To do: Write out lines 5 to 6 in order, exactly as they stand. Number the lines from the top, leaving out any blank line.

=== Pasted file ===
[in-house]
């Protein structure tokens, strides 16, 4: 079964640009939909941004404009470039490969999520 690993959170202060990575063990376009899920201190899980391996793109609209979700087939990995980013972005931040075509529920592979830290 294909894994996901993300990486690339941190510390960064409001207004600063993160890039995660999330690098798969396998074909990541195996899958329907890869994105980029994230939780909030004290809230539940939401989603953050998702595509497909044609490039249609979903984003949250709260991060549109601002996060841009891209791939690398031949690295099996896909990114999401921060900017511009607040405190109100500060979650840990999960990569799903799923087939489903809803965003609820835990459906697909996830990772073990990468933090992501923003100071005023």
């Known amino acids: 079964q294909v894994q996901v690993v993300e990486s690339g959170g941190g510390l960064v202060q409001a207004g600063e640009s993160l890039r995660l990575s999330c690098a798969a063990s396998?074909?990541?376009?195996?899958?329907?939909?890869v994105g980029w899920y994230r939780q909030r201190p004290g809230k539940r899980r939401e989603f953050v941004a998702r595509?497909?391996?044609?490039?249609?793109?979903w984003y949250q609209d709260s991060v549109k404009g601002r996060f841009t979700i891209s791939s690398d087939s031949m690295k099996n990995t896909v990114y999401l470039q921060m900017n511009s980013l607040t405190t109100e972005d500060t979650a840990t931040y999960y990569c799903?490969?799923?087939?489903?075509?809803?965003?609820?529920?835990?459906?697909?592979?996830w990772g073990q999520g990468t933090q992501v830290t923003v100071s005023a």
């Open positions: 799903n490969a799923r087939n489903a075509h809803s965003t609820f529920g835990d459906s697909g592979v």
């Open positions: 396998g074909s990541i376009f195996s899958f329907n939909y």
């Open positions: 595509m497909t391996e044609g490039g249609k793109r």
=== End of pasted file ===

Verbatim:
């Open positions: 396998g074909s990541i376009f195996s899958f329907n939909y």
């Open positions: 595509m497909t391996e044609g490039g249609k793109r």